- The commercial FSR area is maximized on the first two floors, where it is permitted to be located under the rezoning.
- The Mount Pleasant Food Co-op was not part of the submission for rezoning, however we worked with the group for almost two years until they advised us that they would be unable to continue, in any form. We strongly hope they will regroup at some point.
There seems to be resistance to quite a few development projects in Vancouver. Why do you think there has been some push back around this project?
CV: In our particular case, there was a three-year community effort (which Rize sat on the sidelines for) to develop the Mount Pleasant Community Plan. The plan, amongst many other items, outlined a growth strategy, essentially keeping 90% of Mount Pleasant low and mid-rise and allowing height and density in a few specific locations. The plan called for The Independent site to be an “iconic’ (landmark) focused on four of the major transportation routes in the region, including the next potential skytrain line along Broadway. As most of us know, the centre of Vancouver has shifted and the community plan is trying to accommodate these major changes. The plan was clear in this, and represented a huge amount of community work and commitment.
So, some of the push-back comes from people’s natural concern over change and how it will impact them, some is overtly political, and some is philosophical opposition to the Community Plan and how it was evolved.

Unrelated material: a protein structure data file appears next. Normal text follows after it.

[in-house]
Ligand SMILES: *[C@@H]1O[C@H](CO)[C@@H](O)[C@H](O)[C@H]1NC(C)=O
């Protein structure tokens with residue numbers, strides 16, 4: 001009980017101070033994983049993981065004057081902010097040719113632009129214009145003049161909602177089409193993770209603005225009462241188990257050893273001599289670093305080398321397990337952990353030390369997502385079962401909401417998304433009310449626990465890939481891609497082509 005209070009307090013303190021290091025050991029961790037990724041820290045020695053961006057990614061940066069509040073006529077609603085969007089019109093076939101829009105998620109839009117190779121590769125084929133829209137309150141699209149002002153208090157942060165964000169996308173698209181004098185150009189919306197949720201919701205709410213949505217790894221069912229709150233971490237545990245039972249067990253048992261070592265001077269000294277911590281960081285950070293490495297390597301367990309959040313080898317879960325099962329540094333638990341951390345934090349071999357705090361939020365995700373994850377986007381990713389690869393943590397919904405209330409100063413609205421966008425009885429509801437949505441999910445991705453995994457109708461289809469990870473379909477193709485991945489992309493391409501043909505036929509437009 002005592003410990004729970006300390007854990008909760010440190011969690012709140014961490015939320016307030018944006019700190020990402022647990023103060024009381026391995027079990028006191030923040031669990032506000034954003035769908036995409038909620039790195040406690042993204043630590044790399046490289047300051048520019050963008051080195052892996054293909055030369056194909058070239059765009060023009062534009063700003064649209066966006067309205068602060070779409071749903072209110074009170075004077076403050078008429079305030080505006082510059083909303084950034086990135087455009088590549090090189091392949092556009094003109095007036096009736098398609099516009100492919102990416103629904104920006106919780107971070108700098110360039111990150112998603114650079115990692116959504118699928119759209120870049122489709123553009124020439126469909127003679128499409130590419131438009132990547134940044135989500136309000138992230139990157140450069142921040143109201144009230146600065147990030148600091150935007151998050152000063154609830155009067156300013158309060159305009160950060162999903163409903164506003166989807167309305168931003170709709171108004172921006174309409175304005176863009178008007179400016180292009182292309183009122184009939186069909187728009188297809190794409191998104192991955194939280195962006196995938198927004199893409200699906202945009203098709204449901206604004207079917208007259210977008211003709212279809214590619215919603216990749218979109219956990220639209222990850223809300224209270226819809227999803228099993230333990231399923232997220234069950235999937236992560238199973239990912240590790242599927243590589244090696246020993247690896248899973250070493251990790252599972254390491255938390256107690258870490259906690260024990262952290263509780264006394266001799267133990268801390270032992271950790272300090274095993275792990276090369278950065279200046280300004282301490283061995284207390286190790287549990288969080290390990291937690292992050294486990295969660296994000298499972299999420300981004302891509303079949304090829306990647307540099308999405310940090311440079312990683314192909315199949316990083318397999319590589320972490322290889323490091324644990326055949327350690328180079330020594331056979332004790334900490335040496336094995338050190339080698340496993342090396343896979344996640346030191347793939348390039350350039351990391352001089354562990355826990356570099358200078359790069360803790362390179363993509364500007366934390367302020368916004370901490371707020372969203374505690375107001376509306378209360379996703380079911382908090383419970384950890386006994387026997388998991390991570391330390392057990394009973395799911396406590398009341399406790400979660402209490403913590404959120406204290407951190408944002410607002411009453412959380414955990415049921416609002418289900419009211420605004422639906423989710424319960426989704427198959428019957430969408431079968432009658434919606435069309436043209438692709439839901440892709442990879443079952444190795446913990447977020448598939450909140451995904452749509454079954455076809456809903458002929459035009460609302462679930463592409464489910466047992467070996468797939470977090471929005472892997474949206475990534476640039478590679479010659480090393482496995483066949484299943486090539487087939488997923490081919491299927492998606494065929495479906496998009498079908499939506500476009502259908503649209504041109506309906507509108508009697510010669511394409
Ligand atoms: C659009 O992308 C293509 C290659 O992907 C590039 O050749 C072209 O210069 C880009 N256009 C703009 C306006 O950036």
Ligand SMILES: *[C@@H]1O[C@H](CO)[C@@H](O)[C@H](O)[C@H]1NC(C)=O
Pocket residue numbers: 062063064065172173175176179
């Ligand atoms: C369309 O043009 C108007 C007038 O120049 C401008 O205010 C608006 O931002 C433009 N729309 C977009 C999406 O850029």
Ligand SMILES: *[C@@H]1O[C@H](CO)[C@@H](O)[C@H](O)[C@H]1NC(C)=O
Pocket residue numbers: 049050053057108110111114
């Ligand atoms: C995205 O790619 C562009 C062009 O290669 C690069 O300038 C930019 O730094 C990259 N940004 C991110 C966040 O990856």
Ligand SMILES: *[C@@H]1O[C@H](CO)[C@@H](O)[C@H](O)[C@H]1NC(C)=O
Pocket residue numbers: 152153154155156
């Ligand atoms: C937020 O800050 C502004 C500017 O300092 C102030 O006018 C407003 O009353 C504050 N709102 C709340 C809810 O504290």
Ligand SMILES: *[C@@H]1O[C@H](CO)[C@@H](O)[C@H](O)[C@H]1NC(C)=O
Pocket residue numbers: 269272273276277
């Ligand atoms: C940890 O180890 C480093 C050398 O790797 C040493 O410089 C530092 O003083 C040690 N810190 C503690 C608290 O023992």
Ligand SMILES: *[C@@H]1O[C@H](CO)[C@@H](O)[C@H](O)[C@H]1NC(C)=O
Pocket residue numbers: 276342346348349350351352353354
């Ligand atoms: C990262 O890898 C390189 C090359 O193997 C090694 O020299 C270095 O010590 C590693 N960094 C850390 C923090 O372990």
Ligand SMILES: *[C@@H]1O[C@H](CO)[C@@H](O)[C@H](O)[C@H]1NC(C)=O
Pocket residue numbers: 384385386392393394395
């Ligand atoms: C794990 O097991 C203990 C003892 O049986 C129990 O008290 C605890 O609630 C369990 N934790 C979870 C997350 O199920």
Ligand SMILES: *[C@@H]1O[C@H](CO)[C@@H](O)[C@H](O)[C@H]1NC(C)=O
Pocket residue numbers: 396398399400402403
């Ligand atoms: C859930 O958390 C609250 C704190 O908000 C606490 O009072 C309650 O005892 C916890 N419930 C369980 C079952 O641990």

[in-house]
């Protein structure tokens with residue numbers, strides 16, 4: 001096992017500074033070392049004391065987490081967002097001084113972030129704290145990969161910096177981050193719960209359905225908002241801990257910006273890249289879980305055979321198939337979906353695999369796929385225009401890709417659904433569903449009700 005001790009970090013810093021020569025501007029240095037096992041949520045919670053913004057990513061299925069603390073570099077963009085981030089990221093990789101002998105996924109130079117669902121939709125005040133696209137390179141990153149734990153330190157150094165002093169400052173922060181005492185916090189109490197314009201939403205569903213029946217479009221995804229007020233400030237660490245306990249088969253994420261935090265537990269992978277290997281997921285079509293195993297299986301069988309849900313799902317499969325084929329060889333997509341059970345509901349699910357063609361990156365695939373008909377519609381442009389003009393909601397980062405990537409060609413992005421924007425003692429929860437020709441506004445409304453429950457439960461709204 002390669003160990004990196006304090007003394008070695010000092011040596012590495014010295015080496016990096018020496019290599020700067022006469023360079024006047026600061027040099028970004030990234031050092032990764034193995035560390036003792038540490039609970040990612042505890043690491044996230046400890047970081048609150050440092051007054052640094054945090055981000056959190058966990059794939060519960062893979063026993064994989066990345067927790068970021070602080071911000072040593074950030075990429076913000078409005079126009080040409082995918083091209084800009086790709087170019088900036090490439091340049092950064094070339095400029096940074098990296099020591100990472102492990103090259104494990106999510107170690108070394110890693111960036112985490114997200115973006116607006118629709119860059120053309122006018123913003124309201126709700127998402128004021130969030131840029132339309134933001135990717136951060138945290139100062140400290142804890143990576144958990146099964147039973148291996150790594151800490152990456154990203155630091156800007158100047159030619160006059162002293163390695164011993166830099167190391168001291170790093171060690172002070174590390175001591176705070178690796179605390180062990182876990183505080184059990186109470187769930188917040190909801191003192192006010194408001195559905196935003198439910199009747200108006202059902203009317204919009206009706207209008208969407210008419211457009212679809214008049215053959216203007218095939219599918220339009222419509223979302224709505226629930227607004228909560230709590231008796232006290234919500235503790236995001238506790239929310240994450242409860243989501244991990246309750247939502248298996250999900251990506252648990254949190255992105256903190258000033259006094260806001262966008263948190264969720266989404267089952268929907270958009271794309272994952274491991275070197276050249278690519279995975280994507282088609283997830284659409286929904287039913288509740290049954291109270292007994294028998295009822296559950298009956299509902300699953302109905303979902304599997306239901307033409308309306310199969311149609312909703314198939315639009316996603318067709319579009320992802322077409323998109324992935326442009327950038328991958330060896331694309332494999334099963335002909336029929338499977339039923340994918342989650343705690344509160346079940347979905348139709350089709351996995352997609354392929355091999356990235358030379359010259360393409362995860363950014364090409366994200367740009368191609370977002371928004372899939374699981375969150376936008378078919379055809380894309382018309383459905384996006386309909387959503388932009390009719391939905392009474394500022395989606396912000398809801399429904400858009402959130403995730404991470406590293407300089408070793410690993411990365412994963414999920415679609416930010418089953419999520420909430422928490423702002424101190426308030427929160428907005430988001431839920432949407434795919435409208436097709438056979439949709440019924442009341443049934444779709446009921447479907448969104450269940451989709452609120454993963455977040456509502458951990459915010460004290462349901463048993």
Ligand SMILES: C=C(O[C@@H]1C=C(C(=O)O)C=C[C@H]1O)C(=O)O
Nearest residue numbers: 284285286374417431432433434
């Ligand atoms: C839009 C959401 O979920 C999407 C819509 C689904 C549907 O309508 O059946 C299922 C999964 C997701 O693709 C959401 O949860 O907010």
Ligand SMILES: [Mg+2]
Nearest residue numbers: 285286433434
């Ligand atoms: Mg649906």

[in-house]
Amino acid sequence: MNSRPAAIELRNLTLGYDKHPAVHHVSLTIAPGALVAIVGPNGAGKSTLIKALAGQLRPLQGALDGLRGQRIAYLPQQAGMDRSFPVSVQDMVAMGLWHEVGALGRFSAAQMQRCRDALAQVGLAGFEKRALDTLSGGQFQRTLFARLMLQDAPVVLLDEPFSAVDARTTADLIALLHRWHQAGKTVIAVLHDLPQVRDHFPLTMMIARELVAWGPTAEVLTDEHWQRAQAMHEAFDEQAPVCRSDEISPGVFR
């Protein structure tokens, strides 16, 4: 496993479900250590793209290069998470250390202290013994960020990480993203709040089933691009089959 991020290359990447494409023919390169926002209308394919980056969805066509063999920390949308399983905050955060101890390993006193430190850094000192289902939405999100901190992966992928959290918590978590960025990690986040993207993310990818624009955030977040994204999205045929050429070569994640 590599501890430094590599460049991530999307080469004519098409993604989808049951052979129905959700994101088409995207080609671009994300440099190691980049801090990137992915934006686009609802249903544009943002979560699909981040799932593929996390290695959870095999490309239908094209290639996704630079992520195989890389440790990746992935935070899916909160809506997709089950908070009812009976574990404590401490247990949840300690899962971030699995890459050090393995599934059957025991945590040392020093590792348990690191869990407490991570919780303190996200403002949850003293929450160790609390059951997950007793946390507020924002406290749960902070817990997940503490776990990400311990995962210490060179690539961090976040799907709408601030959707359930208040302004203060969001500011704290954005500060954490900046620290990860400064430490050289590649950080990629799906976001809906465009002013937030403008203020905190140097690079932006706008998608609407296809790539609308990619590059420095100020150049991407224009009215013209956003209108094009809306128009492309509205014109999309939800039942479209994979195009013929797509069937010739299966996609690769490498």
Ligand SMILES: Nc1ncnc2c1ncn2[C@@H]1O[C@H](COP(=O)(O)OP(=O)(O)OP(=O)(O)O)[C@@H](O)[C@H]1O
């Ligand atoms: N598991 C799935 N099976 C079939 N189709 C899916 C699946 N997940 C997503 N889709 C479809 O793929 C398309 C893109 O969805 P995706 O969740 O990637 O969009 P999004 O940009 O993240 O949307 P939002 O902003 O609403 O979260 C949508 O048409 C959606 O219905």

We did hear resistance at the public hearing, and some of it continues, but what we hear most about in Vancouver and in Mount Pleasant is “When are you going to build this already???”
Who do you think will be buying at The Independent?
Based on the interest and inquires we have received to date, we have a broad selection of Vancouverites wanting to buy a home here. This is one of the optimal Transit Oriented Development (TOD) locations in Metro Vancouver, located on one of the region’s most important business corridors in what happens to be one of our most walkable, and dynamic neighbourhoods.
So far, the majority of those expressing interest are first time buyers, young professionals who need space to grow into and downsizers wanting space, big views and the ability to stay in Mount Pleasant. Most of these people are currently living in Vancouver west side, east side and downtown.
Can you tell us The Independent’s highlights, and a little about the homes?
The Independent has 258 homes in four different building blocks, ranging from one bedrooms to three bedrooms, view homes, and courtyard townhomes. Almost half of the first release of homes wil be priced under $399,900 and more than 30 homes are more than 1,000 sq ft in size.
The 20,000 Sq ft courtyard is an unusually large amenity, and we’ve designed it literally as a back yard- a place to hang out with your friends and neighbours, fix your bike, walk the dog, watch the kids play.
We have very efficient plans, custom millwork storage, flexible design features, stunning Italian kitchens, the first large scale use of induction cooktops in Vancouver, as well as a place to fix your bike, saw a 2×4, workout and wash your dog. Close to 50% of the first release homes are priced under $399,900 and more than 30 homes in the project are over 1,000 sq.ft. in size.
- What do you hope The Independent will bring to Mount Pleasant?
#1 Homes for people who want to live in Mount Pleasant
#2 Energy to add to an already dynamic neighbourhood
#3 Architecture that will be seen as unique to Mount Pleasant